When Kevin Sweeney left the private sector to join the Foisie Business School in 2012, it didn’t take long for him to notice an opportunity to apply WPI’s project-based learning model to the socio-economic issues in the region where he used to work.
WPI had project centers in Boston and Worcester, but not in the state’s third-largest city, Springfield. And while that region’s dozen or so colleges and universities regularly place interns at area employers, none offer WPI’s faculty oversight and structure.
“There was nothing being done like what we could do at WPI,” Sweeney says. “So, the first thing we had to do was dissuade [potential partners] that this was an internship that requires work of the sponsors. What we offer is more like a consulting model.”
Sweeney, professor of practice and area head of finance and accounting in the Foisie Business School, spent nearly two decades as a senior executive at MassMutual Financial Group in Springfield. He is well-versed in the issues affecting the Pioneer Valley, a mix of urban, rural, and suburban communities in western Massachusetts. Throughout his career, he was involved in economic and community development efforts in the region; before coming to WPI, he served as interim CEO of the nonprofit DevelopSpringfield.
Jay Minkarah, who replaced Sweeney as president and CEO of DevelopSpringfield, embraced the idea of partnering with WPI students on his organization’s revitalization initiatives. A project center would bring a fresh set of eyes to the region while providing the framework to achieve meaningful results, he said. Sweeney felt the project center’s location, less than an hour’s drive from campus, would appeal to cost-conscious undergrads as well as international students who want to do their Interactive Qualifying Projects (IQPs) in the states.
Sweeney won approval from WPI's Interdisciplinary and Global Studies Division to establish the Pioneer Valley Project Center, and the first group of IQP students arrived in 2015.
Shanshan Xie ’18, an electrical and computer engineering major and president of WPI’s Chinese Student Association, said the project center’s proximity allowed her to stay connected with the campus while working on her IQP. She was among three groups of IQP students in the spring of 2017 focusing on the Springfield Innovation Center, a mixed-use entrepreneurial facility anchoring the city’s Innovation District. Her group created a marketing plan for the center while the other IQP students researched and drew up designs for the center’s kitchen and project space. Xie used the teams’ recommendations and input to create a website for the Springfield Innovation Center. She noted that website design is a passion that often takes a backseat to her major.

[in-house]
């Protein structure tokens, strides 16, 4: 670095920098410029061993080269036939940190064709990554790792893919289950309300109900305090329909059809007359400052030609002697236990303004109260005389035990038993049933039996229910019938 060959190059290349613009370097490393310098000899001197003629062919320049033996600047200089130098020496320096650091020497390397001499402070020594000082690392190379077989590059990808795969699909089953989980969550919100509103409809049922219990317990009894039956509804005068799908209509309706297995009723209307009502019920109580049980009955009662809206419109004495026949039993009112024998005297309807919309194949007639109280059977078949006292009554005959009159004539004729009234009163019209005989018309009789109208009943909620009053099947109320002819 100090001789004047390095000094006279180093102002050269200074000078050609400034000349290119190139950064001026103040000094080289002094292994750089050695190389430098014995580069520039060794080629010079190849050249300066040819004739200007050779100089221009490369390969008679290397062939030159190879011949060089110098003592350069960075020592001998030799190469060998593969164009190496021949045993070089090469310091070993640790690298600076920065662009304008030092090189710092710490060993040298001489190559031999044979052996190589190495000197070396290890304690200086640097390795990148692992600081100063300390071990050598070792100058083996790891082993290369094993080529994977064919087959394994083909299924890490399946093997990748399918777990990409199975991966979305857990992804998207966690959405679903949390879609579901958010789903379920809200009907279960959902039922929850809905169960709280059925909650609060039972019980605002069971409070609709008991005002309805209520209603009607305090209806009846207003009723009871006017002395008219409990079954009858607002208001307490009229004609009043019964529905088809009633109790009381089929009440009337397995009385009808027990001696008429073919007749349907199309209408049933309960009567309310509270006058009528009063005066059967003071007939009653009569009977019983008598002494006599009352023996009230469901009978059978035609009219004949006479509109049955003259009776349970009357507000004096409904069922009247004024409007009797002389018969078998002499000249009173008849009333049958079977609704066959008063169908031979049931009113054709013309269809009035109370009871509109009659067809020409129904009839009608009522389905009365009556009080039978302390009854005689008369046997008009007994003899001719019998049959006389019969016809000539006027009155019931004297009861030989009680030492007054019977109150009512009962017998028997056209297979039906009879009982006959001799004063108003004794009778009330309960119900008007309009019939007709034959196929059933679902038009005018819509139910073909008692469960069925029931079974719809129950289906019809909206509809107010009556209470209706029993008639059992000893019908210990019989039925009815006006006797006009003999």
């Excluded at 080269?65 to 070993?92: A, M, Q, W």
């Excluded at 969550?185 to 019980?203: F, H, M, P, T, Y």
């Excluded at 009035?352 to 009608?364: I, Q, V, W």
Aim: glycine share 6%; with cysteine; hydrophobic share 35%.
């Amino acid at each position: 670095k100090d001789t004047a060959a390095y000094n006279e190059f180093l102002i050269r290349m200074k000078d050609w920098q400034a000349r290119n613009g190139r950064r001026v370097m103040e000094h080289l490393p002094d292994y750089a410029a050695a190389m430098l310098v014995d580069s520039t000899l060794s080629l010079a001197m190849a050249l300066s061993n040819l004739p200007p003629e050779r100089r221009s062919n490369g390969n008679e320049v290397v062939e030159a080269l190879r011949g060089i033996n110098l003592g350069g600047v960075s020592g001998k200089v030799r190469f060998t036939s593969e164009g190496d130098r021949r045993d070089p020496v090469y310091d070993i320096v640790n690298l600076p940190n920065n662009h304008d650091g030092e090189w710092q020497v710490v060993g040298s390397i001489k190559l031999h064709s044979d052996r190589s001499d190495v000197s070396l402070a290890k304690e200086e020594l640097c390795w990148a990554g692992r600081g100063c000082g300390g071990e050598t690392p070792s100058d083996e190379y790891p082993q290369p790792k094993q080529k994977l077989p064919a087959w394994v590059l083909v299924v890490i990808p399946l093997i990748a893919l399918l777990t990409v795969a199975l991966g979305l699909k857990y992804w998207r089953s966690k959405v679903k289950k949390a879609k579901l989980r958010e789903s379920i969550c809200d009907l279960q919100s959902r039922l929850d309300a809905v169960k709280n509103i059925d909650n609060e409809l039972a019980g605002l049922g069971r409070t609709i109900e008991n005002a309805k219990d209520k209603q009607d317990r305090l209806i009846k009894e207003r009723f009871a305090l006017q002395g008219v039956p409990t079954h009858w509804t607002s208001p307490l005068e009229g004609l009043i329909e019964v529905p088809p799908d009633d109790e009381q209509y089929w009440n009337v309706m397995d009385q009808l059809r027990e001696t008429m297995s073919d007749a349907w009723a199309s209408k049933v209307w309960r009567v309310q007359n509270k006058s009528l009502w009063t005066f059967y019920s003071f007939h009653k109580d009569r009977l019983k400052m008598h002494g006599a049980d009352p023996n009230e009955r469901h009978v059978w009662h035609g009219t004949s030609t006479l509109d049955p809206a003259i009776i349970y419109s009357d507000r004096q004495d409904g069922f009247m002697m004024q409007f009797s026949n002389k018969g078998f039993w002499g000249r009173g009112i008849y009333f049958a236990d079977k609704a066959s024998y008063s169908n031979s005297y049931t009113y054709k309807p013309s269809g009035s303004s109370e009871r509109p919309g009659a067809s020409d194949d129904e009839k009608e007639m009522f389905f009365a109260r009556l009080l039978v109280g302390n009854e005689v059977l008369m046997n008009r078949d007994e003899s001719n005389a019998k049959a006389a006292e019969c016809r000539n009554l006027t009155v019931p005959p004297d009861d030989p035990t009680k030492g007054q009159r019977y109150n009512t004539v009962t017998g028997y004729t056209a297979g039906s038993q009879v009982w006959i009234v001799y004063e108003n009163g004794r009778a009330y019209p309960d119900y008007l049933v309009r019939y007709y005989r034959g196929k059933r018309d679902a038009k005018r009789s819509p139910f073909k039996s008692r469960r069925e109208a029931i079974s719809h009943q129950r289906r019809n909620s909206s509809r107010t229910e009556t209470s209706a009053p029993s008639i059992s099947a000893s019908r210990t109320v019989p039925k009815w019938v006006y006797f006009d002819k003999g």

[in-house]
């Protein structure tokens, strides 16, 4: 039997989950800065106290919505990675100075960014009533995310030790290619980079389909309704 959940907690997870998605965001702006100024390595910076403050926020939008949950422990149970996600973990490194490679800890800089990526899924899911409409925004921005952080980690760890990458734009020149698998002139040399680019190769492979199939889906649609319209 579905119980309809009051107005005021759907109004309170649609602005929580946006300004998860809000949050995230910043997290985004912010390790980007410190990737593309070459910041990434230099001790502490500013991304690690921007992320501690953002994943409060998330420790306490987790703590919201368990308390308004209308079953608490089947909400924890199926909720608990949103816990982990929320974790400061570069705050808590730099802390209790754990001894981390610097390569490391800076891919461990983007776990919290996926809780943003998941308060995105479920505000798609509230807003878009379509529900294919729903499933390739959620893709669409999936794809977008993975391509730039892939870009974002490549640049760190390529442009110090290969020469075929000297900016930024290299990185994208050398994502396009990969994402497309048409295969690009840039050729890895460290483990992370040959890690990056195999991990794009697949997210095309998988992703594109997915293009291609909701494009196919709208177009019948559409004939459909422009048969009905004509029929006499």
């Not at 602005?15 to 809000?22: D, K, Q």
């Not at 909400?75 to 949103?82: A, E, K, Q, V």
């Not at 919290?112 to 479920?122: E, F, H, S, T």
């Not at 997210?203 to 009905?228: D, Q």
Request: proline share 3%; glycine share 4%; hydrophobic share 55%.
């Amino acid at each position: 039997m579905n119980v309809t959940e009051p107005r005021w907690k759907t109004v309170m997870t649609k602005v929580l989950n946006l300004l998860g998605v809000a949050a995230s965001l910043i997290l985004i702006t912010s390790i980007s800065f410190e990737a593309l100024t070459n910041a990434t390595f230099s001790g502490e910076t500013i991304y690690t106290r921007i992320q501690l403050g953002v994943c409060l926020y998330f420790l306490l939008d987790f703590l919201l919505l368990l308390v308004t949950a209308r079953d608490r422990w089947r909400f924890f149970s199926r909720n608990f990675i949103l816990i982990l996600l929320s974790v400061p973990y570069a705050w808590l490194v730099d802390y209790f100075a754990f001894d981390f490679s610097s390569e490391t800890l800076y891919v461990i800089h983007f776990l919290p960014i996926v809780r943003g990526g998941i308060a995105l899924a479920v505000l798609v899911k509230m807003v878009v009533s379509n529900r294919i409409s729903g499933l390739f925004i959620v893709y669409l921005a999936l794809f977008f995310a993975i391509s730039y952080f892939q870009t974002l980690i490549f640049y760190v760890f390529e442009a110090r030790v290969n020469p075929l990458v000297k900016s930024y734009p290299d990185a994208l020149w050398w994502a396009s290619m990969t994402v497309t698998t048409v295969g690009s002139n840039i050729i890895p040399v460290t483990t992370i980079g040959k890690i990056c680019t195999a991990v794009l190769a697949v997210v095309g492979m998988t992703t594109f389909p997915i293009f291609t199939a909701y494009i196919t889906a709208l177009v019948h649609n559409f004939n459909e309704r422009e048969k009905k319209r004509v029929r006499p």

“I got to use my hobby, something I’m really interested in, but don’t have time to practice in my major,” she says.
Nick Porter ’17, now a grad student at Clemson University, did his IQP at the Pioneer Valley Project Center in the spring of 2016. He and his fellow IQP students worked alongside peers from Springfield Technical Community College and MBA candidates from the Foisie Business School to evaluate the top priorities of Springfield’s North and South End sections. They conducted surveys and focus groups and attended local board meetings. When the data showed that crime was a primary concern, the students recommended a blue-light safety system as well as beautification efforts, such as benches, green spaces, and road repaving.
“What I enjoyed the most was the communication. We were all either engineering or math majors, so this was something that was new to us,” Porter says. “It brought us out of our comfort zone and made us go out on the street. And it was also helpful to the people of Springfield.”